Intermediate React

Intermediate React Writing a Component Test with Jest


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The "Writing a Component Test with Jest" Lesson is part of the full, Intermediate React course featured in this preview video. Here's what you'd learn in this lesson:

To write your first React component test, create a magical __test__ folder which Jest knows to run all tests inside. You'll create your first test with Jest's toMatchSnapshot method. Brian also shows how to get Jest to pass ESLint.

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Transcript from the "Writing a Component Test with Jest" Lesson

>> Brian Holt: So that's kind of the general tour of the application. Now, you want to go in and write some tests for this using Jest. So Jest is a testing framework built by Facebook, and it's what they actually use themselves to test React. It's not necessarily exclusive to React, in fact, I use Jest extensively to test Node applications.

[00:00:21] It's really good at testing Node applications. So Jest is useful beyond just testing React applications, though it is also quite good at that. Jest is actually, underneath the hood, mostly Jasmine if you've ever used Jasmine testing before. It uses the same testing, or matchers and those kind of things that all stuff it's built into Jasmine.

[00:00:44] You don't necessarily need to know that but just know that, that's what actually what's doing the testing is Jasmine. So you can look at the Jasmine documentation when we're using Jest.
>> Brian Holt: So let's go ahead and go install our testing solutions.
>> Brian Holt: So inside of your directory, the complete intro to react v4.

[00:01:09] We are gonna do npm install -D to install into the dev dependencies. Jest and react-test-renderer, make sure that you get renderer cuz it's a renderer that threw me off, it's also hard to say for me, okay? Cuz we're gonna install two independencies, one being Jest, right? The testing solution and one's going to be a renderer for React.

[00:01:42] That's not ReactDOM, cuz ReactDOM requires a browser to be present, right? So react-test-renderer allows this to be done inside of Nodes, we don't have to spin up a browser. So this goes way faster. Anything that has to use a browser goes super, super slow.
>> Brian Holt: So that'll take a second to install.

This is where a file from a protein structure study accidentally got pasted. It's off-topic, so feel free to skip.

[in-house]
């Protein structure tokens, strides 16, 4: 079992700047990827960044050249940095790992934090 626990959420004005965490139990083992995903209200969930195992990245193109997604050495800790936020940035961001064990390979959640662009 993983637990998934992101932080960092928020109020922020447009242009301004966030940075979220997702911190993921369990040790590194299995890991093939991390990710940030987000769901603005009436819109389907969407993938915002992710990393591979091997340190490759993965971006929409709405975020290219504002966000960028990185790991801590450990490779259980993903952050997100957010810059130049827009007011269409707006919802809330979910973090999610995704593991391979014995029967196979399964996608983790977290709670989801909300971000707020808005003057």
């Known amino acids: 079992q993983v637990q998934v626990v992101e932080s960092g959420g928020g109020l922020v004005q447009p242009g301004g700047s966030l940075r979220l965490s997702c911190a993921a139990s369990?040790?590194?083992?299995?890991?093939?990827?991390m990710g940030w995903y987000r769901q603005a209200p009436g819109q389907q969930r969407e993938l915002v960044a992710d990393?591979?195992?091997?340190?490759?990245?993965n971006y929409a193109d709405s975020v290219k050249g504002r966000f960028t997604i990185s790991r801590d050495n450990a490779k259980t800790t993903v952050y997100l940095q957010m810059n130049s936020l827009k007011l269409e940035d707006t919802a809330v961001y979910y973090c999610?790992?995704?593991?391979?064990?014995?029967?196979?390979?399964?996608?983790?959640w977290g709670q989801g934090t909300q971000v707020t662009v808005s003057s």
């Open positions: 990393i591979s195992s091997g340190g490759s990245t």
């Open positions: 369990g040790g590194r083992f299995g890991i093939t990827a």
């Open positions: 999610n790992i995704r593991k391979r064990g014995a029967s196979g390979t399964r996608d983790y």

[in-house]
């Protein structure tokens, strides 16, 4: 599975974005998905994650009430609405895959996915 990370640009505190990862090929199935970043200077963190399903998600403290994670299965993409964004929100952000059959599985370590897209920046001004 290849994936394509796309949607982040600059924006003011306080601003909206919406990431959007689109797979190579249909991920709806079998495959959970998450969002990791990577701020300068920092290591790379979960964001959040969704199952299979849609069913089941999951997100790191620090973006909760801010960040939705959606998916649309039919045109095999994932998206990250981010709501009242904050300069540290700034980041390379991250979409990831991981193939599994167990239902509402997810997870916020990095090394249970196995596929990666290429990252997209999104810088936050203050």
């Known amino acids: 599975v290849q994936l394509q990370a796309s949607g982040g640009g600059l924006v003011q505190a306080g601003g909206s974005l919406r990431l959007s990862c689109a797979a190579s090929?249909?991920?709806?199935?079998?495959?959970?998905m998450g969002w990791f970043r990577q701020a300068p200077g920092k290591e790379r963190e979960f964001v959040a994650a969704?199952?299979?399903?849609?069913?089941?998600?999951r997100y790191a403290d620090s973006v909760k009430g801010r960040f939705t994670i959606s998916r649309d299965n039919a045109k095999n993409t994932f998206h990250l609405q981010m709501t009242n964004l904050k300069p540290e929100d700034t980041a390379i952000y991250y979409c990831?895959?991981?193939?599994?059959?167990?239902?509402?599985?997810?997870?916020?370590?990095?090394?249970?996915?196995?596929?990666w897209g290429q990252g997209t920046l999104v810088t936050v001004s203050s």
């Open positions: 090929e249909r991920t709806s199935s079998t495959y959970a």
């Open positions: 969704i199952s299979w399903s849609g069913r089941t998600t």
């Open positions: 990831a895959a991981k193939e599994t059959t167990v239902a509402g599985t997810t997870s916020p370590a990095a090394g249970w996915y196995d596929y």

>> Brian Holt: So we're just gonna test one of our routes, right? We have this details.js page, that we're gonna test. Doesn't do a ton, it's just this page right here.
>> Brian Holt: This one, if it works.
>> Brian Holt: One of these is bound to work. Zorbo, that one worked. So we're gonna test this route right here that renders this page.

>> Brian Holt: So it has a componentDidMount, it has a modal that it does and a render method. So what I want you to do is I want you to go in to your application inside of your source directory. I want you to make a new folder and call it __, so two underscores tests__.

[00:03:05] Now, that's a weird name, why would I call it that? Well, the nice thing that Jest does for you, Jest has a bunch of just same configurations out of the box. It knows by default and it's under in an __tests__ directory, it's a test and so, it will run that for you automatically.

[00:03:22] You don't have to tell it where they exist. It just looks for those folders and runs everything in them. We can also put this in the same directory and call it like app.test.js and it would run that as well. So that's the kinds of things that it looks for.

[00:03:36] If you're curious where the double underscore thing comes from, it's actually from Python. If any of you have written Python before, double underscore means magical. So it magically will find these directions. So it's just kind of a forewarning, it's like hey, magical stuff happens because there's double underscores here.

[00:03:54] So, okay. So in here, make a new file, and we're gonna call that Details.test.js,
>> Brian Holt: Okay?
>> Brian Holt: So instead of the test directory, make a file called Details.test.js, and now we are gonna write some tests for,
>> Brian Holt: This particular route, so first thing we're gonna do is we're gonna import React from React.

>> Brian Holt: We're going to import, create from react-test-renderer, and we're going to import Details from ../Details, right? Because we're going upper directory to grab the details route, okay?
>> Brian Holt: Next thing we're gonna do is we're gonna write test,
>> Brian Holt: And we're gonna write a snapshot test.
>> Brian Holt: So let's talk about that for a second.

[00:05:08] First thing is, it's gonna say, hey, I don't know what test is. This project is using ESLint. So if you are using ESLint, the way that you can make this not be an error anymore is to go into your eslintrc.json, and you come in here and where it says env down here, just add a jest: true.

>> Brian Holt: And now if you go back in here, it's gonna say, test is a global that comes from Jest, I know what that is.
>> Brian Holt: Okay, and then the first thing that we're gonna do here is make a component. So I'm gonna say, create Details / like that.

[00:05:56] So now inside of c is gonna be an instance of this details. And then I'm gonna say, expect(c.toJSON()).toMatchSnapshot.